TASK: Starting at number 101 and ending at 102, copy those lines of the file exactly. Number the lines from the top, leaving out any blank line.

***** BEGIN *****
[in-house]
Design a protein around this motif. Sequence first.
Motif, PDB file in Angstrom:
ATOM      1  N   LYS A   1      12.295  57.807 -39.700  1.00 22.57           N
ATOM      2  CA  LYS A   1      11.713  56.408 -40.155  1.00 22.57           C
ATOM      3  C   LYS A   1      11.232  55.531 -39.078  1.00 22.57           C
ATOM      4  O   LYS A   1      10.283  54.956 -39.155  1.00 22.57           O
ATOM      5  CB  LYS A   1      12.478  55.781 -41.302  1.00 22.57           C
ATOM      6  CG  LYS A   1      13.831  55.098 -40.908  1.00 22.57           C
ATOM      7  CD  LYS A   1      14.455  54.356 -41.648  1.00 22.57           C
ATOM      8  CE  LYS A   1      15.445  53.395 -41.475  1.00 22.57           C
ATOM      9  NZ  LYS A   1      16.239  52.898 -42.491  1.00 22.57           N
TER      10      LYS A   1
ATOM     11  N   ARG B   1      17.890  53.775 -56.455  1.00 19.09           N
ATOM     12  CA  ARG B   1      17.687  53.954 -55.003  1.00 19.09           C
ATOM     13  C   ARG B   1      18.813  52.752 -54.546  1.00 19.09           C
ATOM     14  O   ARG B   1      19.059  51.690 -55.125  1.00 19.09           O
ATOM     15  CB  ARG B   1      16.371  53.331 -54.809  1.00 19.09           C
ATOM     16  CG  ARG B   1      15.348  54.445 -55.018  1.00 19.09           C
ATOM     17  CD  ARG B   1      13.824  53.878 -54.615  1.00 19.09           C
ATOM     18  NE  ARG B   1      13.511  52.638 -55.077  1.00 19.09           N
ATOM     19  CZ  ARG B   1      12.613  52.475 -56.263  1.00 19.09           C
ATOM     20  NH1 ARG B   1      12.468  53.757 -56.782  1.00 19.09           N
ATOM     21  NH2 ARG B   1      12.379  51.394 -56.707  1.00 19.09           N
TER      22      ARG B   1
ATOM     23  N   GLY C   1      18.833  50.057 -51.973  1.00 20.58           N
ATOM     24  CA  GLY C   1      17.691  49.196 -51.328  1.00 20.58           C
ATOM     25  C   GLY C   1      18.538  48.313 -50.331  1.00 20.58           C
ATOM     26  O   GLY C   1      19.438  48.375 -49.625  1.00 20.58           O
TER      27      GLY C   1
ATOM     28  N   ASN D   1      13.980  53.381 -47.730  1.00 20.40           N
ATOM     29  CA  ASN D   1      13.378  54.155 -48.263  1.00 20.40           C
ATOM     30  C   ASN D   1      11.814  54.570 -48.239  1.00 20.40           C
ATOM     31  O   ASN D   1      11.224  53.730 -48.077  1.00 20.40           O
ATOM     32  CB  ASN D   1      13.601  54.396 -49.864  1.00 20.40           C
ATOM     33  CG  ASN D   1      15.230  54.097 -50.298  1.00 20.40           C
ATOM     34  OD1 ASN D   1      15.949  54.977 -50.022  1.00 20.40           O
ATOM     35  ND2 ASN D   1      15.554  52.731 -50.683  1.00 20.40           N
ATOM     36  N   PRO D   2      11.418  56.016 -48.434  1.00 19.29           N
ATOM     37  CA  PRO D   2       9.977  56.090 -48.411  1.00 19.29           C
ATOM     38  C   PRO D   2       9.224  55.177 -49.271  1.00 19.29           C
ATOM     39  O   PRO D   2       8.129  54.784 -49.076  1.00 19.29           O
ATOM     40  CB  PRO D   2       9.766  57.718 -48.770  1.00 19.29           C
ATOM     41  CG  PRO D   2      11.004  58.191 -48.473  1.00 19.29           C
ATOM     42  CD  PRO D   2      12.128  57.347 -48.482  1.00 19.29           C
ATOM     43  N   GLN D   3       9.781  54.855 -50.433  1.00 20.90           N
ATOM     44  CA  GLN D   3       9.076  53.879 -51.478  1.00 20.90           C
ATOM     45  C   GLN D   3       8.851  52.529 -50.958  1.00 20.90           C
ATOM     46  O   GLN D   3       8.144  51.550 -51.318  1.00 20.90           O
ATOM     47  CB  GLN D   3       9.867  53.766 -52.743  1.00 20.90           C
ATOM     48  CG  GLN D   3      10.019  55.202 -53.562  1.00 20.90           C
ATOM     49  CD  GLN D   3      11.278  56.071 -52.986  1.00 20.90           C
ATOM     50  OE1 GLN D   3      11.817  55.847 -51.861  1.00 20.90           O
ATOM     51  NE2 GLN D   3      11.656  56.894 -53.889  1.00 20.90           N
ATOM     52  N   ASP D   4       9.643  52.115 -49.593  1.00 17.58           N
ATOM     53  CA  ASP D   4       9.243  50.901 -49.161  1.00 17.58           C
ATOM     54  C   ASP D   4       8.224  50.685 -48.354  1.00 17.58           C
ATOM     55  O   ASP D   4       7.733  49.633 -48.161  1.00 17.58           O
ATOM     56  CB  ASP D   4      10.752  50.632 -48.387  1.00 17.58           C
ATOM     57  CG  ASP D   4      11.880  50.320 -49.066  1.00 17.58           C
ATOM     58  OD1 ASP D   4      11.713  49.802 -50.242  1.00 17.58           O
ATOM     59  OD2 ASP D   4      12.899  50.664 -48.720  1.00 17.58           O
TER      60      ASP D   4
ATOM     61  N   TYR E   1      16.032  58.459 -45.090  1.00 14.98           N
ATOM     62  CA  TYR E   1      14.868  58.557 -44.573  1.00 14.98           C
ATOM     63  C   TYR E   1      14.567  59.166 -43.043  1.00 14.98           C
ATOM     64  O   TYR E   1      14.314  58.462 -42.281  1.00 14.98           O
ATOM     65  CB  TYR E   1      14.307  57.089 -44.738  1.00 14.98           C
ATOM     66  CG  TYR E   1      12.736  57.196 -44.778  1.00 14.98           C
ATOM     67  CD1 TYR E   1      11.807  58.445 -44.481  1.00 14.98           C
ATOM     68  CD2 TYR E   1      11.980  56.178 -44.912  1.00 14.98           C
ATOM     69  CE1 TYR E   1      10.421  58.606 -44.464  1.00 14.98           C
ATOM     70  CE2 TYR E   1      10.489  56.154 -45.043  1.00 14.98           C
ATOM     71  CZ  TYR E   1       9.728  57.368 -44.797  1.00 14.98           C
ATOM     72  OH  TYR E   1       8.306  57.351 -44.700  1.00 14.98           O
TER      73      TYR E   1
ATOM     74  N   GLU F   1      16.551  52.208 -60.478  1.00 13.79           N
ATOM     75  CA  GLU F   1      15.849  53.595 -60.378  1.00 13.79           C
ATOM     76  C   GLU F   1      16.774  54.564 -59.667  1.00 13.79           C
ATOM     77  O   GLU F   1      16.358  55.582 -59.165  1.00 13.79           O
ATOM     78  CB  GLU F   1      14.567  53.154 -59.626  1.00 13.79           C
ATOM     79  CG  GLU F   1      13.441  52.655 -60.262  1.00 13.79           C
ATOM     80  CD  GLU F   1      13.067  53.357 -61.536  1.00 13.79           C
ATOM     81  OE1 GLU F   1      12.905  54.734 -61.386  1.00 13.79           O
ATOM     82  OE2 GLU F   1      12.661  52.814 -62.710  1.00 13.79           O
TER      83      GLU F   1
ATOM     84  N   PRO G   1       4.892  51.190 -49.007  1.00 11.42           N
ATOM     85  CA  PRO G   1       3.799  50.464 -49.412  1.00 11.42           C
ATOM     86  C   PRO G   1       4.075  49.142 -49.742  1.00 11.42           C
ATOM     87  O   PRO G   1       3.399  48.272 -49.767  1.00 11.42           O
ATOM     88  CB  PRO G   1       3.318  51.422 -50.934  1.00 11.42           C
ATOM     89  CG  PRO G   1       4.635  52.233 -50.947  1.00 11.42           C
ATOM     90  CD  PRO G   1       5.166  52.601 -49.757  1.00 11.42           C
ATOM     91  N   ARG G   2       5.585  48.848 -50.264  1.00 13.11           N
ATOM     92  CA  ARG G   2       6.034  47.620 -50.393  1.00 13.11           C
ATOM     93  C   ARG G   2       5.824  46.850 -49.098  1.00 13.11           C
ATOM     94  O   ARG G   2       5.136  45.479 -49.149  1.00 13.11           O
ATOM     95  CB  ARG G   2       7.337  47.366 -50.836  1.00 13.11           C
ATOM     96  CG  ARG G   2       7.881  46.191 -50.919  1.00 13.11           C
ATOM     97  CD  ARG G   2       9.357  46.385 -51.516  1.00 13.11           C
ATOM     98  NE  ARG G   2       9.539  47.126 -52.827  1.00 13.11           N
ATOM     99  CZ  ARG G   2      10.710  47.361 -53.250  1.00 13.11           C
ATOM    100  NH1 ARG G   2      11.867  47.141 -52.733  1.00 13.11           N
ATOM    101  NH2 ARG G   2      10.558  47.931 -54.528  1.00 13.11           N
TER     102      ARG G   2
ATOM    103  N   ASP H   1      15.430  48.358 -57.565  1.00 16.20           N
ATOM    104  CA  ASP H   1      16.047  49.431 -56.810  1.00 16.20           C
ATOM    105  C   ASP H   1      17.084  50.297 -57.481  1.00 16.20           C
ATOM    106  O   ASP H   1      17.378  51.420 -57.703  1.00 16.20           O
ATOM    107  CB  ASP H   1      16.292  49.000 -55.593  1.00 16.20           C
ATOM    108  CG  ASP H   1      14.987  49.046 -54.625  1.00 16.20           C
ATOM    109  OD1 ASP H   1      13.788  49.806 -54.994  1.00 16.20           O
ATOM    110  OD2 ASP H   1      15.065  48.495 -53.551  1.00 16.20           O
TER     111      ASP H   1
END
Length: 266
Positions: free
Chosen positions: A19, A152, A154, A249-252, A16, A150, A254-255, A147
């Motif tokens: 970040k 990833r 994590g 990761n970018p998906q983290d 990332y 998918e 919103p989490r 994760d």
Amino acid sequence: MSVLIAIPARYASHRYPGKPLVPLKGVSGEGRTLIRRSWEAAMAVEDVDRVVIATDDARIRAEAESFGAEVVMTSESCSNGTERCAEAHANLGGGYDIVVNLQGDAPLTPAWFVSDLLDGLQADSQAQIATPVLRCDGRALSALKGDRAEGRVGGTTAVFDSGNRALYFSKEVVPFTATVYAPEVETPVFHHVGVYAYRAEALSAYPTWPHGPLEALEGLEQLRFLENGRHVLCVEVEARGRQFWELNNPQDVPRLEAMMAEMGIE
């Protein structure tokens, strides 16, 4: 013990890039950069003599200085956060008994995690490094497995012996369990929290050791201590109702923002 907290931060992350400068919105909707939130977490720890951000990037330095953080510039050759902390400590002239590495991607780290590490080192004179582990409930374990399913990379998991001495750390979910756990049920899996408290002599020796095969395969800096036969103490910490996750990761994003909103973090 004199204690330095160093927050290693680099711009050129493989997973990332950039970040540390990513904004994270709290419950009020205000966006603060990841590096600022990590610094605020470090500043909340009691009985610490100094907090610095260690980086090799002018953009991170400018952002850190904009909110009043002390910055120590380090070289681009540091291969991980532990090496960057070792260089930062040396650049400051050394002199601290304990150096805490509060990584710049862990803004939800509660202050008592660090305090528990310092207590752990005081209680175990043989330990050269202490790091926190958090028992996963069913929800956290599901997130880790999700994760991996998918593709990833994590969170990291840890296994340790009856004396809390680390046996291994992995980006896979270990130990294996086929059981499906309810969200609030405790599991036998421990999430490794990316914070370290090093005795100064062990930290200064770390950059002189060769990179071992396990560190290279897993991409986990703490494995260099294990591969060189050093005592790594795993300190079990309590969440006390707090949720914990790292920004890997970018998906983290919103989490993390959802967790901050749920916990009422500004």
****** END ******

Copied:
ATOM     98  NE  ARG G   2       9.539  47.126 -52.827  1.00 13.11           N
ATOM     99  CZ  ARG G   2      10.710  47.361 -53.250  1.00 13.11           C